Being labeled as a lazy person while you’re trying to manage pain, fatigue, brain fog and continuously almost passing out is kind of a blow.
Actually, it’s a huge blow. Because of the physical symptoms I experience, I already feel like I don’t do as much or as good as other people. I already wonder how in hell other people get so much done or manage to maintain their energy like they do. I already feel like a failure. I already feel inadequate.
So when people label me as lazy, it feels incredibly painful and confusing. When people say it enough, though, I can start to believe it. Maybe you are just lazy? Maybe you are just not trying hard enough?
So I push myself hard again. I set goals and go at them with the same determination everyone else does.
Then I feel my body getting more and more tired, then the pain, then I just need to lie down.
Then I can’t talk anymore. I just need to lie quietly. I need to let my body try to put itself back together.
And while I lie there, I listen to all those opinions of other people, fly around inside my head: You’re a failure, you give up too easily, you don’t try hard enough, you’re just weak.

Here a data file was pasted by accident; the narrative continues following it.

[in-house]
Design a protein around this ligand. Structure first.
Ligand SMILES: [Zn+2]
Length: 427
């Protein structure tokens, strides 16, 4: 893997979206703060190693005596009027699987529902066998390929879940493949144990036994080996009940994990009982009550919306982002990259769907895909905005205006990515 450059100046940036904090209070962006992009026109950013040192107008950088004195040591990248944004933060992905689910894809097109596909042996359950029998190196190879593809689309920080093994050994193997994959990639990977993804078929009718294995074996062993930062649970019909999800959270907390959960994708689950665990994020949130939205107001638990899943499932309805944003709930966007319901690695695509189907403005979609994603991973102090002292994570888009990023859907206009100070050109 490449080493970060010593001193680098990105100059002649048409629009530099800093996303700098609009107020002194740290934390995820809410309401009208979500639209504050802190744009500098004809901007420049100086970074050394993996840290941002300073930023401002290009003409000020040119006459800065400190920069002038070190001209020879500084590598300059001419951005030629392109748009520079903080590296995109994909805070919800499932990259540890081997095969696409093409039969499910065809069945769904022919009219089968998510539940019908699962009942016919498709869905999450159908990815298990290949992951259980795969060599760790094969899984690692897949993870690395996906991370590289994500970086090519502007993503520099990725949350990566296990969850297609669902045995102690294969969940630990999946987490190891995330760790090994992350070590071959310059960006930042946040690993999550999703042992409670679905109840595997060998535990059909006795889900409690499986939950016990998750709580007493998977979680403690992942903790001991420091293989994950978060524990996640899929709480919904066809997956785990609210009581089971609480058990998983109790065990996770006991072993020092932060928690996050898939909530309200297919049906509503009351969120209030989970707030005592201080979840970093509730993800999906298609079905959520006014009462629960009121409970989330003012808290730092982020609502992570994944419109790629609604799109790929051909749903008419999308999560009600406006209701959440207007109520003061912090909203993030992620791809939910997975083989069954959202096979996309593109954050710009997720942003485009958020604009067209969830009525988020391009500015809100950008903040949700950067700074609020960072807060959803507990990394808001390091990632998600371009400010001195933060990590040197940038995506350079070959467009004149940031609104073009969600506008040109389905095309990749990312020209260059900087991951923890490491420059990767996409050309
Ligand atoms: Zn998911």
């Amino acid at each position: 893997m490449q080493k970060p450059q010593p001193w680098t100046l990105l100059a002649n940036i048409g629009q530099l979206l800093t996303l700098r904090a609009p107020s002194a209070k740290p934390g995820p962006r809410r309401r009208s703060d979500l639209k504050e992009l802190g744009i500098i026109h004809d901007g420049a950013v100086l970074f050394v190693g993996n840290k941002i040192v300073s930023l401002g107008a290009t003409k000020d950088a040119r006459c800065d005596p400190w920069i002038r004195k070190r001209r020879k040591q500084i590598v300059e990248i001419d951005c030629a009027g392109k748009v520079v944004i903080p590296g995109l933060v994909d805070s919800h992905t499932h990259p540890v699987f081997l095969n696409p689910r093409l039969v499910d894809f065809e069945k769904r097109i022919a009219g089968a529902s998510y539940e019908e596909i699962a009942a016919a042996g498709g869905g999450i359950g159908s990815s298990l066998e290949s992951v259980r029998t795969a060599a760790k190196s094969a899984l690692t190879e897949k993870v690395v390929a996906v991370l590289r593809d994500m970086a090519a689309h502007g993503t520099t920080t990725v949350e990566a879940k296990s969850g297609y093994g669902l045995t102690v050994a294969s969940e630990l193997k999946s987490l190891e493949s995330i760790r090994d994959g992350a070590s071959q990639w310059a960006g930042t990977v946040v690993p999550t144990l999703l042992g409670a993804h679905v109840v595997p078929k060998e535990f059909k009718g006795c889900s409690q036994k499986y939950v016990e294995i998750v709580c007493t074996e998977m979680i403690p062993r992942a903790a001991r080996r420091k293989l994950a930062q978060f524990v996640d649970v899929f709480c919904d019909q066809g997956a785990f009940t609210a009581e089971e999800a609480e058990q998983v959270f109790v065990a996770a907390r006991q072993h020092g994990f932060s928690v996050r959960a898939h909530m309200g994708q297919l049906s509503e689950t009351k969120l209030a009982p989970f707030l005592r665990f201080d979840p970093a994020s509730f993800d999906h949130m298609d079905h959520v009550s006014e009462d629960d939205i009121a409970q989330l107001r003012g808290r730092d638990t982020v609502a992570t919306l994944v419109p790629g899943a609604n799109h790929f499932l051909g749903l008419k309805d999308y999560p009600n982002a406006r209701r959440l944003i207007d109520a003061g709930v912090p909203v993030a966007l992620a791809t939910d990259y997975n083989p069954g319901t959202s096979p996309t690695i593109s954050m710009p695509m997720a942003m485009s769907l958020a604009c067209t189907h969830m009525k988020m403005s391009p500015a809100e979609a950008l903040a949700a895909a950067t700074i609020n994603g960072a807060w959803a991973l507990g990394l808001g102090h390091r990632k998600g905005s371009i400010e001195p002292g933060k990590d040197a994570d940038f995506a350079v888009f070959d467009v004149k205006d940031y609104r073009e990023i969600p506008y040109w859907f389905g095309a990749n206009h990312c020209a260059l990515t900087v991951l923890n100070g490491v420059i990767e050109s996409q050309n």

And then I think: “Well, I did give up, I did fail, I do feel weak… but, I really did feel like I tried my hardest.”
What a sad reality to be in.
I have been in a cycle of trying and failing my whole life, because there was no name, and without a name it seemed more logical to me to believe that I was just being lazy than that I had some mystery illness that no doctor could find.
I am lucky that I had my parents who were very supportive and a few others who were understanding. But there were mostly a lot who struggled to understand my position and struggled to believe in something they couldn’t see.
When people cannot see the physical symptoms someone is experiencing, that are creating the “behaviors” they are seeing… when someone is only seeing the behaviors and not looking for (or open to hearing) an explanation, then we find ourselves deep in misunderstanding territory.